How to make a will

The idea of making a will may not be too comfortable, but when the time comes it is the best way to leave everything neat as we wish, as well as a way to facilitate the procedures for our loved ones. Although it is a process without too many complications and cheap, it is always advisable to know how to make a will and what steps to follow.

What is a testament and what are its requirements

The testament is the legal and legal form by which we express our personal desire of how our assets, rights and obligations have to be distributed at the moment of our death. In it we can determine who or who we want to delegate our belongings, whether our spouse, children, other relatives or people to whom we are very close. Non-patrimonial declarations can also be made, such as the recognition of some circumstance, for example, of a child.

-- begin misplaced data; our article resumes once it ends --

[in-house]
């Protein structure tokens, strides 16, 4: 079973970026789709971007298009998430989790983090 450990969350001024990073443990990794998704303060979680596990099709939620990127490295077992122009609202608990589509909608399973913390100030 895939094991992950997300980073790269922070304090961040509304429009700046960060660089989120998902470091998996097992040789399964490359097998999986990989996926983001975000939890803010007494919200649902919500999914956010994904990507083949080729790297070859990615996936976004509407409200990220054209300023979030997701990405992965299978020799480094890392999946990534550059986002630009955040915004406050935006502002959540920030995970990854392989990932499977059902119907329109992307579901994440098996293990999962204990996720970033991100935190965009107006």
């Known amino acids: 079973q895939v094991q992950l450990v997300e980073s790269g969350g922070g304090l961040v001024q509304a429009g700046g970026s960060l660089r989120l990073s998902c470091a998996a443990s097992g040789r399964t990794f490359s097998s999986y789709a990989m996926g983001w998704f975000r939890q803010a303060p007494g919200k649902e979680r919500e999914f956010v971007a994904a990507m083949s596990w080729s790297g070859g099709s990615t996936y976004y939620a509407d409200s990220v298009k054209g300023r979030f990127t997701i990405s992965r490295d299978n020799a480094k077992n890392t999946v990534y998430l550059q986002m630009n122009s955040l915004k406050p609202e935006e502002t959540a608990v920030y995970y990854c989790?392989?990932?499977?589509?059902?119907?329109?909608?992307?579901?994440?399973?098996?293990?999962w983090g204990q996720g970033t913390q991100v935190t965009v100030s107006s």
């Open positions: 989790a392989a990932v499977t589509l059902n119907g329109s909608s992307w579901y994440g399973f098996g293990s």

It is necessary to fulfill some requirements to make the will:

  • It is completely personal and formal.
  • It can be modified throughout the life of the person, it is not definitive until the moment of death.
  • We must be over 14 years old to do it, as well as be in full possession of our mental faculties at the time of doing so.

Types of testament

It should also be noted that there are different types of testament:

  • Open notarial will: We are going to the notary certifying our identity. In it, we explain to the notary our willingness to share our assets. With the information that the notary receives, he will elaborate a document according to the legal conditions of a will. The person who performs it must show his agreement with said will or modify it if something is not as he wishes. It is the most common.
  • Closed notarial will: The testament is prepared by the testator himself, in such a way that after being identified, the notary makes a record of his delivery and the signature, but does not know the content of it.
  • Testament Holograph: Must be written by the hand of the testator, signed by the same, and must also include the exact date on which it was written. It must be written with a pen and without erasures, and must be presented to the Judge within a period of 5 years prior to death.